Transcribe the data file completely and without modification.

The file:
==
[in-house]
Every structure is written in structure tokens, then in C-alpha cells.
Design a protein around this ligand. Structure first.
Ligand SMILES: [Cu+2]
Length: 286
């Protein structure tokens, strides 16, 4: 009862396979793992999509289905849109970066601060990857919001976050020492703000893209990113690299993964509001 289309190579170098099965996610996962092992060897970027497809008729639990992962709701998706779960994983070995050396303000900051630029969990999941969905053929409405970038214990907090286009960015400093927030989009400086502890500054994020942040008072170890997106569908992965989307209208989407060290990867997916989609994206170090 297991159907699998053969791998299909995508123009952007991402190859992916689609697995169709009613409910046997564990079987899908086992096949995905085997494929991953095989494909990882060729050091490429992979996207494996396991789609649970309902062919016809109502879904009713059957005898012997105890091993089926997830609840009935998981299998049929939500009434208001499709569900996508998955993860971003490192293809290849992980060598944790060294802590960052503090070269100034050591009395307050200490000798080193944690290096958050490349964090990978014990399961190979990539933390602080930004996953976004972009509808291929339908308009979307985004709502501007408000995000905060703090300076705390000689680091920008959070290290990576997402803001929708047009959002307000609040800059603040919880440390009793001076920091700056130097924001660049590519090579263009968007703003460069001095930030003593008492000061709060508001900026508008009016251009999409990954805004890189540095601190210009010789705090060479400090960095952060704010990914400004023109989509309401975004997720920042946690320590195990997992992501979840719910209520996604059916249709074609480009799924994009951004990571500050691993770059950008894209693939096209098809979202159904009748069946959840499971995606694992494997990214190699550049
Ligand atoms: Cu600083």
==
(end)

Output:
[in-house]
Every structure is written in structure tokens, then in C-alpha cells.
Design a protein around this ligand. Structure first.
Ligand SMILES: [Cu+2]
Length: 286
């Protein structure tokens, strides 16, 4: 009862396979793992999509289905849109970066601060990857919001976050020492703000893209990113690299993964509001 289309190579170098099965996610996962092992060897970027497809008729639990992962709701998706779960994983070995050396303000900051630029969990999941969905053929409405970038214990907090286009960015400093927030989009400086502890500054994020942040008072170890997106569908992965989307209208989407060290990867997916989609994206170090 297991159907699998053969791998299909995508123009952007991402190859992916689609697995169709009613409910046997564990079987899908086992096949995905085997494929991953095989494909990882060729050091490429992979996207494996396991789609649970309902062919016809109502879904009713059957005898012997105890091993089926997830609840009935998981299998049929939500009434208001499709569900996508998955993860971003490192293809290849992980060598944790060294802590960052503090070269100034050591009395307050200490000798080193944690290096958050490349964090990978014990399961190979990539933390602080930004996953976004972009509808291929339908308009979307985004709502501007408000995000905060703090300076705390000689680091920008959070290290990576997402803001929708047009959002307000609040800059603040919880440390009793001076920091700056130097924001660049590519090579263009968007703003460069001095930030003593008492000061709060508001900026508008009016251009999409990954805004890189540095601190210009010789705090060479400090960095952060704010990914400004023109989509309401975004997720920042946690320590195990997992992501979840719910209520996604059916249709074609480009799924994009951004990571500050691993770059950008894209693939096209098809979202159904009748069946959840499971995606694992494997990214190699550049
Ligand atoms: Cu600083």